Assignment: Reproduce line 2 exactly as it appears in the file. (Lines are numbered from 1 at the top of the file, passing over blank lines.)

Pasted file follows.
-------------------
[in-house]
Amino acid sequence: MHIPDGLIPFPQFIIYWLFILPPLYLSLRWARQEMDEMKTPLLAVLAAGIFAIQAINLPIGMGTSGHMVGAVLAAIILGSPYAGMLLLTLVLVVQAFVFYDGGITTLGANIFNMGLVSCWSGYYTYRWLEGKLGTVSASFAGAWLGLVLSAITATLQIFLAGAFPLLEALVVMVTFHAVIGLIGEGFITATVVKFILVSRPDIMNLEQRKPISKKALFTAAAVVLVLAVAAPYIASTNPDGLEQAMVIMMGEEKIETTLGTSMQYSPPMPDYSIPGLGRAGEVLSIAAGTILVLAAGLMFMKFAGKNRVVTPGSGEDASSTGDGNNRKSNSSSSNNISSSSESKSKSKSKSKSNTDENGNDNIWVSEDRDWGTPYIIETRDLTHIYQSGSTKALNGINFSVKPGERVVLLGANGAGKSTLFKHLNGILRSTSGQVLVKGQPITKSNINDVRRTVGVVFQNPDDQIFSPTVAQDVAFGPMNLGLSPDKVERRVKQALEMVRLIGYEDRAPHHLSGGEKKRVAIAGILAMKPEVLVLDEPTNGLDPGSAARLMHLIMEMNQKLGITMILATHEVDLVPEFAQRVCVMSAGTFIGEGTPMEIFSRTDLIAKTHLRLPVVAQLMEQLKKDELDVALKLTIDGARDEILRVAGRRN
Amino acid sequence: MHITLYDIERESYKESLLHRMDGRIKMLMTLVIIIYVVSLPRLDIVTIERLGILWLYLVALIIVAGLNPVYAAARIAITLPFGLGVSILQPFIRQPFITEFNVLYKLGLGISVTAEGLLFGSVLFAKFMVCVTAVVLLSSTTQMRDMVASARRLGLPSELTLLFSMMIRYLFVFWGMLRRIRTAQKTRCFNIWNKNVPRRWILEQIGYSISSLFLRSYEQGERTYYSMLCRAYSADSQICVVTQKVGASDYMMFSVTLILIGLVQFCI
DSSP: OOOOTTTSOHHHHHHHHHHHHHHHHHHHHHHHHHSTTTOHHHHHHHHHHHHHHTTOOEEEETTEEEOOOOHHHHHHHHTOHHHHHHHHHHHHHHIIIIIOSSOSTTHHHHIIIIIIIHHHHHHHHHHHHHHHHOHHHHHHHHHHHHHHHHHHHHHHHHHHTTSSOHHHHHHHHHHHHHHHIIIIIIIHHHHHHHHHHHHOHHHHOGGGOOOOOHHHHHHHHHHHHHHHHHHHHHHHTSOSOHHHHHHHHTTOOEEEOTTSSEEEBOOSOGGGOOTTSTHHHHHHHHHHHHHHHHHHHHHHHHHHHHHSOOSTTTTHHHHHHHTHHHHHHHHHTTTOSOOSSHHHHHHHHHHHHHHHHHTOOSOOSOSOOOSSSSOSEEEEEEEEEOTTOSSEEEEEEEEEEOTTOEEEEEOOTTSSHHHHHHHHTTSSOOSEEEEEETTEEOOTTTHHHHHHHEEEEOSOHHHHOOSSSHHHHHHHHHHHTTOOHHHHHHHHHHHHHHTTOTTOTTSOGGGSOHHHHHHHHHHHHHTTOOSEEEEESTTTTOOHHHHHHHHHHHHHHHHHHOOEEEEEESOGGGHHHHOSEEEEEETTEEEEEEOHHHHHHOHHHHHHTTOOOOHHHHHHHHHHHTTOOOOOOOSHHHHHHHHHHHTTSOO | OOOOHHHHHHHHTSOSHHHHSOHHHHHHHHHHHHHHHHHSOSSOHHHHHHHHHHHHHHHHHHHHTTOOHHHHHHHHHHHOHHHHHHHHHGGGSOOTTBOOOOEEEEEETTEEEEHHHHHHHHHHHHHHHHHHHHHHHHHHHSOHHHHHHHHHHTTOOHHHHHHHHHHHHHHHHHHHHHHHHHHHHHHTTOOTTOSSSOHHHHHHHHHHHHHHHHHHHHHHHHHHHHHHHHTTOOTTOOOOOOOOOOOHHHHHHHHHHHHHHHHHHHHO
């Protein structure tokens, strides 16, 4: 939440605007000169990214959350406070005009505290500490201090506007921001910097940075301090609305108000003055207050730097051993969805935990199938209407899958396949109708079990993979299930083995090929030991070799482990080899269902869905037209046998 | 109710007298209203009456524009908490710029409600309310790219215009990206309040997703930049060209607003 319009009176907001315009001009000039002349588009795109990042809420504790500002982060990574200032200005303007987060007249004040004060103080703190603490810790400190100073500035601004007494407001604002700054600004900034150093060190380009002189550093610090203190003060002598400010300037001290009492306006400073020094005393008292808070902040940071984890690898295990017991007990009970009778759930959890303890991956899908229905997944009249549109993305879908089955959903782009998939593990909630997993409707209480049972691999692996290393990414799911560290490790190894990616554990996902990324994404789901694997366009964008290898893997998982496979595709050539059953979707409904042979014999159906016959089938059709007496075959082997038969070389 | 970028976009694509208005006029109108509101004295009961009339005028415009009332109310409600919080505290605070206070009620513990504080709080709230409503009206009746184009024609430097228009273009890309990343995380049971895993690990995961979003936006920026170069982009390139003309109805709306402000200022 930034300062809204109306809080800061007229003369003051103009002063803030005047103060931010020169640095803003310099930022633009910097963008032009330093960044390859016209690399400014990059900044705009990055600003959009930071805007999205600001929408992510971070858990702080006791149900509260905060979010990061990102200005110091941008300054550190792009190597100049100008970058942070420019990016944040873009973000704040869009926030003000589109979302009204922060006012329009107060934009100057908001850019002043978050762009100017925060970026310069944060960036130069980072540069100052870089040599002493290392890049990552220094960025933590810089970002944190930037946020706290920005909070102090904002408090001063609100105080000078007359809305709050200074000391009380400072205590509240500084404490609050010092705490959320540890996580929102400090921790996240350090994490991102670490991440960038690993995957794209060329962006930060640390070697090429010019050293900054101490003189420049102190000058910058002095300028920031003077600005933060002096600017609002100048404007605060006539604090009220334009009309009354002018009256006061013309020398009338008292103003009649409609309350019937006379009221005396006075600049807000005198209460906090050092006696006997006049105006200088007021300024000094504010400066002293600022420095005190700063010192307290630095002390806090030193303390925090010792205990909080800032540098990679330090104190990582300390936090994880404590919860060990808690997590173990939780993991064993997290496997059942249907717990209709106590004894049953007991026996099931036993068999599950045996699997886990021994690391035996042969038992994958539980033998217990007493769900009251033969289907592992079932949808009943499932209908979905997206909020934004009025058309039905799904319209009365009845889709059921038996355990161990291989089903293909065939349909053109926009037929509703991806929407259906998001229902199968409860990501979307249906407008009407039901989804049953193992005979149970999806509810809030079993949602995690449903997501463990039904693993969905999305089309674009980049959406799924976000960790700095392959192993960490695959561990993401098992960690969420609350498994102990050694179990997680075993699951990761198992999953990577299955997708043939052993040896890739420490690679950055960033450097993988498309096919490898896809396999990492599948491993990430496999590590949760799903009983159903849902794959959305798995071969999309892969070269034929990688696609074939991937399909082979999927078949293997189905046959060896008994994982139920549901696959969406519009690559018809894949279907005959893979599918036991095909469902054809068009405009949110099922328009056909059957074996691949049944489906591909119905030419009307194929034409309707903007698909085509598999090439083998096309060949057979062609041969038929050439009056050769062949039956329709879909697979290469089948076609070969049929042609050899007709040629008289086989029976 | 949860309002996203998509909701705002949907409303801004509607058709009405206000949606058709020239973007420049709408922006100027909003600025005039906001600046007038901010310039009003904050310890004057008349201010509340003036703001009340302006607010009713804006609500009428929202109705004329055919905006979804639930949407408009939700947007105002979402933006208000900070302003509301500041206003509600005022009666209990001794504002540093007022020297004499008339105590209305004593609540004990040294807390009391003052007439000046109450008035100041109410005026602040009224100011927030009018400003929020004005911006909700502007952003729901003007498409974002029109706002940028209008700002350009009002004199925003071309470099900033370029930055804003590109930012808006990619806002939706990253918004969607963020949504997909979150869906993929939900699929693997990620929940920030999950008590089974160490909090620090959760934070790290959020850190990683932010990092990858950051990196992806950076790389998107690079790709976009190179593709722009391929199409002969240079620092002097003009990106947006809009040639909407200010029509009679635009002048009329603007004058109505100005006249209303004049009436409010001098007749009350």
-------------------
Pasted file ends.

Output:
Amino acid sequence: MHIPDGLIPFPQFIIYWLFILPPLYLSLRWARQEMDEMKTPLLAVLAAGIFAIQAINLPIGMGTSGHMVGAVLAAIILGSPYAGMLLLTLVLVVQAFVFYDGGITTLGANIFNMGLVSCWSGYYTYRWLEGKLGTVSASFAGAWLGLVLSAITATLQIFLAGAFPLLEALVVMVTFHAVIGLIGEGFITATVVKFILVSRPDIMNLEQRKPISKKALFTAAAVVLVLAVAAPYIASTNPDGLEQAMVIMMGEEKIETTLGTSMQYSPPMPDYSIPGLGRAGEVLSIAAGTILVLAAGLMFMKFAGKNRVVTPGSGEDASSTGDGNNRKSNSSSSNNISSSSESKSKSKSKSKSNTDENGNDNIWVSEDRDWGTPYIIETRDLTHIYQSGSTKALNGINFSVKPGERVVLLGANGAGKSTLFKHLNGILRSTSGQVLVKGQPITKSNINDVRRTVGVVFQNPDDQIFSPTVAQDVAFGPMNLGLSPDKVERRVKQALEMVRLIGYEDRAPHHLSGGEKKRVAIAGILAMKPEVLVLDEPTNGLDPGSAARLMHLIMEMNQKLGITMILATHEVDLVPEFAQRVCVMSAGTFIGEGTPMEIFSRTDLIAKTHLRLPVVAQLMEQLKKDELDVALKLTIDGARDEILRVAGRRN